Navigating the line between confidence and arrogance: Isn't healthcare really a service industry?

By Brad Dodge on January 5th, 2011

Do you remember the movie Malice where Alec Baldwin played a cardio-thoracic surgeon? Here's the clip where he denies having a God complex, but rather asserts that he actually IS God. Not much of a fine line there. His arrogance is overflowing. Physicians are often saddled with the "arrogant" stereotype, and there are certainly those that deserve the title. And patients often tolerate arrogance, perhaps because they believe that arrogance just comes along with a high level of intellect or ability. Right?But what about the millions of physicians, athletes, actors and heads of state and other bigwigs who also possess extraordinary levels of intellect, competence, experience and insight, yet manage to maintain an appropriate level of humility when dealing with mere mortals like you and me? How do they do it?The subject of arrogance vs. confidence surfaces whenever we're interviewing for new talent at our agency. Ideally, we're looking for individuals who are talented, experienced, insightful and confident in their ability. But most importantly, we're looking for humility, because that's the preeminent trait of the best employees. Arrogance is poison in a service business like ours.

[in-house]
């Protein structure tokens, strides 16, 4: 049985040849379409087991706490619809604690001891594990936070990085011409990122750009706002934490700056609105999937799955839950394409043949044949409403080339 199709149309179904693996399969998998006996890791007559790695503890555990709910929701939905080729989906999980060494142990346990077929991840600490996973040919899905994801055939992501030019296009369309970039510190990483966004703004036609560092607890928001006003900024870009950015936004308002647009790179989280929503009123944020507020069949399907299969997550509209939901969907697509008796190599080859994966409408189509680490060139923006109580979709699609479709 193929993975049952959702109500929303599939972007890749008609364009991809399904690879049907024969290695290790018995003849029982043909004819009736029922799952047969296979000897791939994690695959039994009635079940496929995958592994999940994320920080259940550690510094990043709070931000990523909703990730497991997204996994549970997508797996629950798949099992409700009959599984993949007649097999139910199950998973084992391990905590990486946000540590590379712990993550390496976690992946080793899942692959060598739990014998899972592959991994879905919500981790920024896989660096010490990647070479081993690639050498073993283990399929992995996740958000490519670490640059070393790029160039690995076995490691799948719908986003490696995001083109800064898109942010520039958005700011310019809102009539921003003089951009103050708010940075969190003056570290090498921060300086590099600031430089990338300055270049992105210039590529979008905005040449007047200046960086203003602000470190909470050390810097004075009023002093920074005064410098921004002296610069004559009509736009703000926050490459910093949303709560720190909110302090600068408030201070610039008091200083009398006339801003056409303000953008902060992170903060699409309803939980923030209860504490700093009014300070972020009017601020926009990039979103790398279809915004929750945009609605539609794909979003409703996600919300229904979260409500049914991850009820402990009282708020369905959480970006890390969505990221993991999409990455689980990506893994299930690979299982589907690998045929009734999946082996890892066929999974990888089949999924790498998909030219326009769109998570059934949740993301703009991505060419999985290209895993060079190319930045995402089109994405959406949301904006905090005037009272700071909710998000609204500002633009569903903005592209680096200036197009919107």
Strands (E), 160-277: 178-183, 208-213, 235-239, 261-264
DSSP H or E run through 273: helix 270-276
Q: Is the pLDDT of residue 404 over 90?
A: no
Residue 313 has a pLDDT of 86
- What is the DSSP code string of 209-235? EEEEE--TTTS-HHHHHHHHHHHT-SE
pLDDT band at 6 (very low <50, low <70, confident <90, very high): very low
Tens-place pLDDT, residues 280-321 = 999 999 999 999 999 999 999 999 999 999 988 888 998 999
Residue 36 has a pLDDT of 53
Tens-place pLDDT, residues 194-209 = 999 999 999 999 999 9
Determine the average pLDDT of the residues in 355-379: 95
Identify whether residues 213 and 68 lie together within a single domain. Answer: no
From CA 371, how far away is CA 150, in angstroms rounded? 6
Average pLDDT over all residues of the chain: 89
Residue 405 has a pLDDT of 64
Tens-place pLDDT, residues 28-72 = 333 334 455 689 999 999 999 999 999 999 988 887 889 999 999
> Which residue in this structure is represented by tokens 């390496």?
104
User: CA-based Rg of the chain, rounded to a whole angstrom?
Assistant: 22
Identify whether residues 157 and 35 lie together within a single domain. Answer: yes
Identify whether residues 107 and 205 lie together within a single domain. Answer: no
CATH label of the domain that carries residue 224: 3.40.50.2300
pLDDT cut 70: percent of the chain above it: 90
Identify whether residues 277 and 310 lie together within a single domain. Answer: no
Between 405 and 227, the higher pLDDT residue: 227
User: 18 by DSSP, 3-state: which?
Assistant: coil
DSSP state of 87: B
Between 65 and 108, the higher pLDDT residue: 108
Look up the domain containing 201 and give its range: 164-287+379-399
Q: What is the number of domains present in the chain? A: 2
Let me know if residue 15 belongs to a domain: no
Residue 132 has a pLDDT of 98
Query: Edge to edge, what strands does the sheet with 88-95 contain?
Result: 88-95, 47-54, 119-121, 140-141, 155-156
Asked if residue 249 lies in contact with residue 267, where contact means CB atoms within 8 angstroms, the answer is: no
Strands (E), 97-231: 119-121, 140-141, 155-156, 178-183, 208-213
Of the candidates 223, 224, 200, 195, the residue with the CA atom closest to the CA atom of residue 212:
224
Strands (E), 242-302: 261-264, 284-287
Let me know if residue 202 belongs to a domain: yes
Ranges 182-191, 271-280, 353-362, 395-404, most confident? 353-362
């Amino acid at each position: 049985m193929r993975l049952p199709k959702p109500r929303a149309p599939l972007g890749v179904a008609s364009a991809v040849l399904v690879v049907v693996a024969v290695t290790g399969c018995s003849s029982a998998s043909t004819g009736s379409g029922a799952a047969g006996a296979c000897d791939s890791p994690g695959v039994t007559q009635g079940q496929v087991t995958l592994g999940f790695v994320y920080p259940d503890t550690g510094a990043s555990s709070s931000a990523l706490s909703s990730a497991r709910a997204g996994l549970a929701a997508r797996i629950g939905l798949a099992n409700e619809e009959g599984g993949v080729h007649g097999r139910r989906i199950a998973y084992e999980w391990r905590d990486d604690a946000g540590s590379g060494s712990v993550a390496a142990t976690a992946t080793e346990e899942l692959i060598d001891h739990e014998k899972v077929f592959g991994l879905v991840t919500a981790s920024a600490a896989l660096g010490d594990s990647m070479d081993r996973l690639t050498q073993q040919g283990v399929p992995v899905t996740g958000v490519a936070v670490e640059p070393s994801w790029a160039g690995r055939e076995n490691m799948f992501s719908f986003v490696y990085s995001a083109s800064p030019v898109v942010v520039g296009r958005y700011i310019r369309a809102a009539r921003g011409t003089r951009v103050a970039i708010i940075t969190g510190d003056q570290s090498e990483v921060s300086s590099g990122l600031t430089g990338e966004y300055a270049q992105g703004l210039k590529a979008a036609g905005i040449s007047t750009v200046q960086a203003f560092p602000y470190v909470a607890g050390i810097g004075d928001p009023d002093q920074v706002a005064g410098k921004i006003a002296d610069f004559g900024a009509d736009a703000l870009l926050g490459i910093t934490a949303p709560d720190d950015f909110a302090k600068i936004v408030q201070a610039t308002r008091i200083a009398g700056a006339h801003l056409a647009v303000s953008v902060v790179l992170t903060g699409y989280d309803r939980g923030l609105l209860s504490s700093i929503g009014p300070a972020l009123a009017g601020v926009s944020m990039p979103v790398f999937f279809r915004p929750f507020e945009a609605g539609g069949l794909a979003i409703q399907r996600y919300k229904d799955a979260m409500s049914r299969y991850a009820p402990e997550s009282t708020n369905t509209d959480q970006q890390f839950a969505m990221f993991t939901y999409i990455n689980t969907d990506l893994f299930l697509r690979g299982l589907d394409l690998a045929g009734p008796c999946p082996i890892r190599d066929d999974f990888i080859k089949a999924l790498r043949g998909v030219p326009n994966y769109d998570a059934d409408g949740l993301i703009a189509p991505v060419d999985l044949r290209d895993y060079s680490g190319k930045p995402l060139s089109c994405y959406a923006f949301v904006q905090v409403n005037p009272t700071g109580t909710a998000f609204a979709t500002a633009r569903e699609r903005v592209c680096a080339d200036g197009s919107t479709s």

That's where the fine line comes in. Healthcare as an industry is rich with talent, and the very nature of caring for someone's health implies that service-oriented, humble people are everywhere.This article from Mike Myatt compares leadership styles in business between say, a Michael Dell and a Donald Trump. He makes some poignant observations:"While arrogant people can and often do succeed in business I believe that it comes at a great personal and professional cost. Arrogance rarely results in lasting relationships built on a foundation of loyalty and trust. Rather arrogant people typically find themselves surrounded by exploitive individuals who are all too happy to ride the "gravy-train" in good times, but at the first sign of trouble all you will see is their backs as they run for the hills.The confident also succeed in business, but not at the expense of others as do the arrogant. You'll find confident leaders have broader spheres of influence, attract better talent, engender more confidence, and earn more loyalty and respect than do those that lead with solely with bravado."A few comments from others:"If what you’re seeking is lasting relationships, long-term success and quality of life in all areas then you will be better served to forego the pompous acts of the arrogant for the humility and quiet confidence displayed by true leaders.”"Confident people are totally okay with other people knowing nothing about what they have accomplished.”"I think you can always tell how confident a person is about themselves by the way they respect or treat the ‘little people,’ they never look like they are trying hard to impress other people, and never put others down around them to come out the better person.”As an employer, we will continue to search for confident, competent individuals and try to sniff out signs of arrogance. And we will continue to strive for an environment founded in humility with a focus on excellent service. It is a fine line. Our goal is 100% confidence, 0% arrogance.Best wishes for a very prosperous 2011 to all of our employees, our customers, our partners and other readers.